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Vol. 32. Núm. 2.Marzo 2012
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Vol. 32. Núm. 2.Marzo 2012
Páginas 0-274
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C1q Nephropathy and Malignancy
C1q Nephropathy and Malignancy
Sofia Rochaa, M. João Carvalhoa, Luísa Lobatoa, Josefina Santosa, Guilherme Rochaa, Ramón Vizcaínob, António Cabritaa
a Department of Nephrology, Hospital de Santo António, Centro Hospitalar do Porto, Porto, Portugal,
b Department of Pathology, Hospital de Santo António, Centro Hospitalar do Porto, Porto, Portugal,
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Dear Editor,

C1q nephropathy (C1qN) is an idiopathic glomerular disease characterized by extensive mesangial deposition of C1q with associated mesangial immune complexes, in the absence of evidence of systemic lupus erythematosus.1

The prevalence of C1qN has been estimated from 0.2% to 16%.1-9 Light microscopy (LM) findings range from no glomerular abnormalities to mesangial proliferation1,6-9,11,12 or focal segmental glomerulosclerosis (FSG).2-4,6-8,13 Clinical presentations vary from asymptomatic urinary anomalies,5,7,8,11,13 and macroscopic hematuria,14 to nephritic syndrome3,15 and corticorresistent nephrotic syndrome (NS).1,2-4,6-8 Earlier reports found a poor response to steroids and a high risk of progression to end-stage renal disease (ESRD),1,3,6,12,15 particularly those with FSG. Patients presenting asymptomatic urinary anomalies have been found to have a good prognosis.2-5,7,8 The variability in the prevalence, clinical presentation and prognosis of C1qN has been attributed to different ages and ethnicities of the patients included in the series, and to different thresholds to perform a renal biopsy.

The association between NS and malignancy has been reported in various glomerulopathies, but not with C1qN. Recognition of malignancy-associated glomerulopathies is important to prevent ineffective and potentially harmful treatment.

A 56-year-old male was admitted to our Department with NS. He reported persistent peripheral edema lasting for two months. He was a smoker of 80 packs/year. He had exuberant edema of lower extremities and abdominal wall. Laboratory findings revealed hypoalbuminemia (1.1g/dL), proteinuria (10g/day) and microscopic hematuria; serum creatinine was 1.1mg/dL and urea: 48mg/dL. Hyperlipidemia (total-cholesterol: 326mg/dL) was also noted. HBs-antigen, HCV-antibody and HIV-antibody were all negative. Serum protein electrophoresis was unremarkable; complement levels, ANCA, ANA, cryoglobulins and anti-phospholipid antibodies were normal. Ultrassonography of the kidneys was unremarkable. Abdominal ultrassonography showed small volume ascites, and chest X-ray revealed small pleural effusions, without any other abnormal findings.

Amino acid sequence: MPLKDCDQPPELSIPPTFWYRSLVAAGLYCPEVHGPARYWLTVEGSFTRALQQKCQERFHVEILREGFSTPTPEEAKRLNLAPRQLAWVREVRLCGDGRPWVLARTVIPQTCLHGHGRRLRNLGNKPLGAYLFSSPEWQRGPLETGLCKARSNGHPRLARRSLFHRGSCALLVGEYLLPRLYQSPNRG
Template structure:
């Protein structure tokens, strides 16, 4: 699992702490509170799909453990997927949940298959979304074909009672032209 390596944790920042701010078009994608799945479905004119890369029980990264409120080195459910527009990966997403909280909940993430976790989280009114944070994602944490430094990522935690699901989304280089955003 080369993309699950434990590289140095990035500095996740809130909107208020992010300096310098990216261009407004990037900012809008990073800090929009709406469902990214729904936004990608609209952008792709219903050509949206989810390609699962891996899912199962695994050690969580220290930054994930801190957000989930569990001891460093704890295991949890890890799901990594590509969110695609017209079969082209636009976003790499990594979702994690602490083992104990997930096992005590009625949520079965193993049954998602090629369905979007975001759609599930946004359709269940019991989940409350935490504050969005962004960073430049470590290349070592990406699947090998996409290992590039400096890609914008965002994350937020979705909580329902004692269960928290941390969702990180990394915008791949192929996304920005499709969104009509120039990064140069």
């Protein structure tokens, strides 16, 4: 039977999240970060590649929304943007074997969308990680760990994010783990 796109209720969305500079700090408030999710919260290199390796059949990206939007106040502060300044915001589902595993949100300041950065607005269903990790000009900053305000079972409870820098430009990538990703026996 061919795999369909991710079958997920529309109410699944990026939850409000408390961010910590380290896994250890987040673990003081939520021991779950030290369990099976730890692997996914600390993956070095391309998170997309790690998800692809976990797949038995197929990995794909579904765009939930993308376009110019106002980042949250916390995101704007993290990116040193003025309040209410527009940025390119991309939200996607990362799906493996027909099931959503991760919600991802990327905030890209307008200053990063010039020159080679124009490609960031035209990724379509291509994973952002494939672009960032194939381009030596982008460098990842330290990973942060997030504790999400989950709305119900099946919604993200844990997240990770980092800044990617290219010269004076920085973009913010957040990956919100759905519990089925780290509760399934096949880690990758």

A renal biopsy was performed, whose histological findings are shown in Figure 1. Fifteen glomeruli were observed, showing segmental thickening of glomerular basement membranes (GBM) and mesangium by an eosinophilic Congo-red negative amorphous material. Spike formation or stippling of the GBM was absent in periodic-acid methenamine-silver staining. Immunofluorescence (IF) revealed predominant presence of comma-shaped C1q mesangial deposits.

We started prednisolone (1mg/Kg/day), cyclosporine (3mg/Kg/day) and acenocumarol. One month later, he had an acute pyelonephritis, with worsening renal function (creatinine: 1.6mg/dL). Prednisolone dose was reduced to 0.5mg/Kg/day.

Two months later, his clinical condition deteriorated, with asthenia, anorexia and anasarca. Laboratory findings revealed a serum creatinine of 3.9mg/d, with proteinuria (39g/day) and hypoalbuminemia (1.1g/dL); trough levels of cyclosporine were 176ng/mL. In an attempt to reduce proteinuria, non-steroidal anti-inflammatory drugs were tried, without response. Cyclosporine was stopped and a right nephrectomy was performed. FSG was noted in all of the 15 glomeruli, with persistence of mesangial C1q deposits. It is plausible that the first biopsy was not representative, or maybe this findings represented the rapid course of the disease.